Child Custody and Visitation

Facing the possibility of losing time with your children, or dealing with an uncooperative co-parent, is always difficult. Mason Law Office, P.C. will provide the compassionate legal counsel you need to protect your parental rights, and your children’s well-being. We look at each case on an individual basis and help our clients decide what approach they want to take. Child custody and visitation is usually not clear-cut. Thus, we will help guide you down the path that will be most advantageous to you, and your children.

We handle all types of custody cases, but the majority of our clients are parents who are seeking to get more time with their children. Many of our clients are fathers who want to spend more time with their children. We have also worked with parents who find themselves in the difficult position of requesting to minimize or restrict the other parent’s visitation. Usually these cases involve serious allegations of neglect, parental substance abuse, child abuse, or parental alienation.

Child Custody: There are 2 types of child custody, as follows:

(1)    Legal Custody: The right and responsibility to make decisions regarding the children’s health, education, and welfare. Legal custody can be either “joint” or “sole,” depending on the circumstances. Most parents will share joint legal custody, which means the parties have to jointly make all of the decisions about the child.

(2)    Physical Custody:  The authority to control and supervise the child. Physical custody is usually only relevant in cases when one parent is moving away from the child’s primary residence.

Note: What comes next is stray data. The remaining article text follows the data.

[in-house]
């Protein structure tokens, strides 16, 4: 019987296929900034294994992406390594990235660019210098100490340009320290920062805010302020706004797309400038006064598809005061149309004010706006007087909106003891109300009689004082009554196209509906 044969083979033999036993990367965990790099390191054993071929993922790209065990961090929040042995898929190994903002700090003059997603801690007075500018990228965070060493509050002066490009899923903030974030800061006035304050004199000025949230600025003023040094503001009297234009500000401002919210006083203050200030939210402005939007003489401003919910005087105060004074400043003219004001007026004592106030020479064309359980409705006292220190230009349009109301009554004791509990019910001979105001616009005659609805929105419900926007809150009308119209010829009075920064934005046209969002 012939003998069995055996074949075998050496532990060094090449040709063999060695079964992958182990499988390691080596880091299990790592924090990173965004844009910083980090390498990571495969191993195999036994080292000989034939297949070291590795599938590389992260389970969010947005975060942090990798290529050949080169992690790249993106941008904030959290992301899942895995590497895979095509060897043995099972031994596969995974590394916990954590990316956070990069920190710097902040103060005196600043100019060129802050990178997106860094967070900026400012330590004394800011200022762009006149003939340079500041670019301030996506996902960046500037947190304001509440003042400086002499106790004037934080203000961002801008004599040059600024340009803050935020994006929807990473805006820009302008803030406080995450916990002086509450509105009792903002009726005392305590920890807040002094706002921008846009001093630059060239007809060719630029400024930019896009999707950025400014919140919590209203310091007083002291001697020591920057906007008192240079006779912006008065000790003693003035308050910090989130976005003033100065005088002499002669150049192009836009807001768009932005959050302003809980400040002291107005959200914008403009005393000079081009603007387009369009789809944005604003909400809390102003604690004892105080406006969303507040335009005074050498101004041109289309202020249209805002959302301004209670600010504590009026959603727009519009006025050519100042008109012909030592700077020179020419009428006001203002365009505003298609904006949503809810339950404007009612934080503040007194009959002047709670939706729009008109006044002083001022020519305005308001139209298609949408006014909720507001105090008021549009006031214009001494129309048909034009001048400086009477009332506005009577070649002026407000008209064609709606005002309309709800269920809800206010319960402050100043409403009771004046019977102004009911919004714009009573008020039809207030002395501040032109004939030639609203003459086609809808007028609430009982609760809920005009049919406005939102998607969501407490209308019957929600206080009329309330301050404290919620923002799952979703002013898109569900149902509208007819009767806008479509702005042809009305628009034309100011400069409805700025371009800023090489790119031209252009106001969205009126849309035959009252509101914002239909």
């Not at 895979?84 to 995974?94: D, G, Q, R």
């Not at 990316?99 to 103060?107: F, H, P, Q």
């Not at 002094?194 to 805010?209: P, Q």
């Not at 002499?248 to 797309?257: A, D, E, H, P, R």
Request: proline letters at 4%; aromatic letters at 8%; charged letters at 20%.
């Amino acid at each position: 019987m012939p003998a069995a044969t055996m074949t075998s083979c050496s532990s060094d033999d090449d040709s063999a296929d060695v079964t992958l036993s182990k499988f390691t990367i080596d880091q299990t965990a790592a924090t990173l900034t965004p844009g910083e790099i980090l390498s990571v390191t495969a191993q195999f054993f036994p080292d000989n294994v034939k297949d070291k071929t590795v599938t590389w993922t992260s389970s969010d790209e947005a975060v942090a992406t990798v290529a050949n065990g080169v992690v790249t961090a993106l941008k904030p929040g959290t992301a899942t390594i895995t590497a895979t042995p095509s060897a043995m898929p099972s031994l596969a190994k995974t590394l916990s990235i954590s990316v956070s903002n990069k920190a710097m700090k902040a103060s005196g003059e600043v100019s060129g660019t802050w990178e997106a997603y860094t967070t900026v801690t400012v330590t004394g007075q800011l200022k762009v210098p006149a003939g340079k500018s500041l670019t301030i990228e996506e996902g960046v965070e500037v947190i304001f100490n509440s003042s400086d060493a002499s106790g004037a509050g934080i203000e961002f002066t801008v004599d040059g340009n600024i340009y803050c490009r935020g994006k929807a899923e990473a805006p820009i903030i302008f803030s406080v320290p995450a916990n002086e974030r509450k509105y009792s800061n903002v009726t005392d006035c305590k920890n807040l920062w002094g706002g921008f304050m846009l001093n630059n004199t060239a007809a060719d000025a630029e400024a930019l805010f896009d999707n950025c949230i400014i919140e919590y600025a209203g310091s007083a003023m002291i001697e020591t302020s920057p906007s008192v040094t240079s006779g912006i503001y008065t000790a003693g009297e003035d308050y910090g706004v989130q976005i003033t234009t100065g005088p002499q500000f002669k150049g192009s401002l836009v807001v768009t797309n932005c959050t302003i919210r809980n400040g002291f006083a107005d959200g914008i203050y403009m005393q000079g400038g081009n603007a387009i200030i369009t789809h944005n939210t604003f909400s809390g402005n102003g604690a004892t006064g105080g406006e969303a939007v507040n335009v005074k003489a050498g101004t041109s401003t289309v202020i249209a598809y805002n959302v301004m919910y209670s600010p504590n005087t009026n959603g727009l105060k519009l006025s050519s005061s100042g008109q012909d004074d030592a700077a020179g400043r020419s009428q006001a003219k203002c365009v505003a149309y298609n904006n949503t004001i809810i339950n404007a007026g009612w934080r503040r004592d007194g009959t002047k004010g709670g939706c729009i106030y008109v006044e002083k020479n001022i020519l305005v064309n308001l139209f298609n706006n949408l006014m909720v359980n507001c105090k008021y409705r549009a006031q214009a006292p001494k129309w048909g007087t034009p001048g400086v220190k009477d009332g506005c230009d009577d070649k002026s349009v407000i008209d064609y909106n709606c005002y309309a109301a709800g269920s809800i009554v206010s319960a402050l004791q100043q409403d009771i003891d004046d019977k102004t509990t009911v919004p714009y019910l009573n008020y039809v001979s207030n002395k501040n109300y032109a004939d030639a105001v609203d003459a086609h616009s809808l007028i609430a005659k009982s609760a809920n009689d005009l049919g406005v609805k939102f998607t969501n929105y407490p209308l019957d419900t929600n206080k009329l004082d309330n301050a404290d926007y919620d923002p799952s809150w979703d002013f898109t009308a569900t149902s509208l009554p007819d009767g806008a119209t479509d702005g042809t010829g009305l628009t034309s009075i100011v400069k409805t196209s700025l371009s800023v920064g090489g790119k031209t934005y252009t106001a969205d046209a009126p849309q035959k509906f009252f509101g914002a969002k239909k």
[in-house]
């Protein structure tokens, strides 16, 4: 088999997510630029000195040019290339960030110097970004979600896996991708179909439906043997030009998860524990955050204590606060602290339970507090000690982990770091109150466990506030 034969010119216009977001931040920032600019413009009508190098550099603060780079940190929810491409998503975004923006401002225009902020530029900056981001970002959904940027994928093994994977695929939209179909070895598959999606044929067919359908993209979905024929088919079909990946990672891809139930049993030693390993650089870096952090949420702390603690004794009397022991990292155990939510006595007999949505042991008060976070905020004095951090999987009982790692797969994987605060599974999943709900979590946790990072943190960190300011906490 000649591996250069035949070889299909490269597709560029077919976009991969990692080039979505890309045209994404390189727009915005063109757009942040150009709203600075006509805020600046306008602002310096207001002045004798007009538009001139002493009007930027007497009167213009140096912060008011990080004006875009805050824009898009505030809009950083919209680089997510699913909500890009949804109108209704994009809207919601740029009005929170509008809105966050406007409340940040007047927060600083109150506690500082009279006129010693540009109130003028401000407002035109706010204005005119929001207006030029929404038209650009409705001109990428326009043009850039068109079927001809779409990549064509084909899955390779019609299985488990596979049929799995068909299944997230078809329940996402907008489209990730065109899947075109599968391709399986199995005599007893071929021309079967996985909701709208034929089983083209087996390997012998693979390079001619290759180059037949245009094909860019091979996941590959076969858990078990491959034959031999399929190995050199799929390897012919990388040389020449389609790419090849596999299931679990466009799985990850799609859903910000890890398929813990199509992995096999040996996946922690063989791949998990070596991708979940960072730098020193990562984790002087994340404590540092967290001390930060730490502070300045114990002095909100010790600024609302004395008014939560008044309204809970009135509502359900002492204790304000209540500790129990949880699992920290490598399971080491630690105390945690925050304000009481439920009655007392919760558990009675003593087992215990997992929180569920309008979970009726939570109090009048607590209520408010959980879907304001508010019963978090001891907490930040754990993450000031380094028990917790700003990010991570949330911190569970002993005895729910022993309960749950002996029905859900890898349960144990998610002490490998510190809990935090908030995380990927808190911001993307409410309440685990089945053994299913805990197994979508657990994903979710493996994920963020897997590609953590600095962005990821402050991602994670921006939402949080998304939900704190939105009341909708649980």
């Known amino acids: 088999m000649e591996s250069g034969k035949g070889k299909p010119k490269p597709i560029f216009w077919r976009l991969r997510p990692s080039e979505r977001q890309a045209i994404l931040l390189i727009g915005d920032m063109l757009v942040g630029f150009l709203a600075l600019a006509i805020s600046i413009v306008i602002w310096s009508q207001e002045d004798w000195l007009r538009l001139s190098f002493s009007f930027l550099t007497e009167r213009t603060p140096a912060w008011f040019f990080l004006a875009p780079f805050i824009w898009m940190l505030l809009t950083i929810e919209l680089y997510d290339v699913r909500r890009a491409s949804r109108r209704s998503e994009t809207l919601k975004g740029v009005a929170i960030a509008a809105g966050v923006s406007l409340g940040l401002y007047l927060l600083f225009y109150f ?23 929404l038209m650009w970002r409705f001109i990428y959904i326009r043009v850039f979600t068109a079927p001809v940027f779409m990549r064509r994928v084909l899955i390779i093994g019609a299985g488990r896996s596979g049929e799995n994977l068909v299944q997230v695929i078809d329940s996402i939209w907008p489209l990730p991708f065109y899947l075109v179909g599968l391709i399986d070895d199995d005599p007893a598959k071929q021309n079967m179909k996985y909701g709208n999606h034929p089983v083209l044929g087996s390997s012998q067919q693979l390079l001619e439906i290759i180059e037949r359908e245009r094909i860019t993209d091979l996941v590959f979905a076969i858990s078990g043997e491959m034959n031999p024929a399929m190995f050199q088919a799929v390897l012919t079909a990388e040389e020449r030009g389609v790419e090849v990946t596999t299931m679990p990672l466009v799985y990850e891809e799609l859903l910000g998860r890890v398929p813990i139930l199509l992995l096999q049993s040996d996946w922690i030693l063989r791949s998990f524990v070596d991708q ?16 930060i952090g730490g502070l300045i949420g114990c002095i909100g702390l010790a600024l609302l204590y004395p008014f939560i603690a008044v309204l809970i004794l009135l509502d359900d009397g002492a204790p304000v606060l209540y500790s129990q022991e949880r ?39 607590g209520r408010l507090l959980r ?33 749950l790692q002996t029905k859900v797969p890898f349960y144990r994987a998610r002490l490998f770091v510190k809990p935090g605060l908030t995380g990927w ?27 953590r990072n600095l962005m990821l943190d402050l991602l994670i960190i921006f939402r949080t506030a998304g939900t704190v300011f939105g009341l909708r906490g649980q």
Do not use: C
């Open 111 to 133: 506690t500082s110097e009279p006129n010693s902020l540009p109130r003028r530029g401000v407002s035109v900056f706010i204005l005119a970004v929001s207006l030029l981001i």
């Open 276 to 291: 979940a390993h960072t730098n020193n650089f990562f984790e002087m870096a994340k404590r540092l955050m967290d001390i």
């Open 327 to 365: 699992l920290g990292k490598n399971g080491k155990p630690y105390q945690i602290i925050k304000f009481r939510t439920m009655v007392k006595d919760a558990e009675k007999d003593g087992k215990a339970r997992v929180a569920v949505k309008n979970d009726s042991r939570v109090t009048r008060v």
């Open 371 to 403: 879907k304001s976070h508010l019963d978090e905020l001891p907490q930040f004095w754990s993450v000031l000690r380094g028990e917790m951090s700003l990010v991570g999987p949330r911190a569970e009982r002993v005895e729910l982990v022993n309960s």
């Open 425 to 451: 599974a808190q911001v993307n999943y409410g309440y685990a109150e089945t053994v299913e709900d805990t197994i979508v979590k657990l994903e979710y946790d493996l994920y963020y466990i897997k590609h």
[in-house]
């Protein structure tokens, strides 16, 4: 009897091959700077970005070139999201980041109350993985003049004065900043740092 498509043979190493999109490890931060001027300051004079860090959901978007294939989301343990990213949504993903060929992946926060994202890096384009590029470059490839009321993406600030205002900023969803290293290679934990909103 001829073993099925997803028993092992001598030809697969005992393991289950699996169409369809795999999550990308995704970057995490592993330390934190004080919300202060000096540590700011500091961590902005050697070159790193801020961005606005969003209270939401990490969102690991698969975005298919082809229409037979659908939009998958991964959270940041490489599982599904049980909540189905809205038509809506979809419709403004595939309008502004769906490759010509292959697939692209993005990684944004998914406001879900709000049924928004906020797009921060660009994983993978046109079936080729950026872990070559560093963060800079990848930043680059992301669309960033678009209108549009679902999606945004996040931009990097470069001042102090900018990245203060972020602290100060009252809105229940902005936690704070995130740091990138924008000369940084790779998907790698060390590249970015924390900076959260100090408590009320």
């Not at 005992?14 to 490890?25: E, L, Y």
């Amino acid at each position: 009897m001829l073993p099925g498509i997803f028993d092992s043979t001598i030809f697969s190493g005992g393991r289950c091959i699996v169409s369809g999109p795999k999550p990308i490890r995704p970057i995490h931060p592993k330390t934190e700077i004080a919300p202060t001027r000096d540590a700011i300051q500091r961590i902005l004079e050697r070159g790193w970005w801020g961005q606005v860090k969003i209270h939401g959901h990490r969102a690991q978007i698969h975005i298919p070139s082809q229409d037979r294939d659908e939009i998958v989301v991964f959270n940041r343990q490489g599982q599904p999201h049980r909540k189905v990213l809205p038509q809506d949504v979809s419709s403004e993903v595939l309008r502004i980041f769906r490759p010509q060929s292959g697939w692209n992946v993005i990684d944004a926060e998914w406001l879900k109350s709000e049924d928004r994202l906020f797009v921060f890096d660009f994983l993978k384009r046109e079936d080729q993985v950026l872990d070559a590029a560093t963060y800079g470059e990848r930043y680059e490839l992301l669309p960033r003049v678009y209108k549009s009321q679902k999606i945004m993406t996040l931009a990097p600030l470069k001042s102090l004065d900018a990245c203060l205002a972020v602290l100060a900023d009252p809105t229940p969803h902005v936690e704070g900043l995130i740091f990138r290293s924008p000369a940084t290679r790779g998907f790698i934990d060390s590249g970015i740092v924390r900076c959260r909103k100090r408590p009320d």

In making a determination as to child custody, the court focuses on the “best interest of the child” standard. The best interest of the child analysis requires the court to consider all of the following:

     (a)    The health, safety, and welfare of the child, and

     (b)    Any history of abuse by one parent or any other person seeking custody,      against any of the following:

          (1)  Any child to whom he or she is related by blood or by marriage or with                     whom he or she has had a care-taking role, even if temporary.

          (2)  The other parent.

          (3)  A parent, current spouse, or cohabitant, of the parent or person                                  seeking custody, or a person with whom the parent or person seeking                    custody has a dating or engagement relationship.

Visitation/Parenting Time: The visitation schedule is referred to as “visitation” rather than custody. Visitation can be modified over time and as the child’s circumstances change. In most cases, it is more common to modify visitation, than it is to modify child custody.

Mason Law Office will provide aggressive representation to ensure that you are presenting both the court and the mediator with a clear, concise, and persuasive case. The approach you take to your case can make or break your case, thus it is very important that you have a lawyer from the very beginning. Call us today at (916) 629-4550!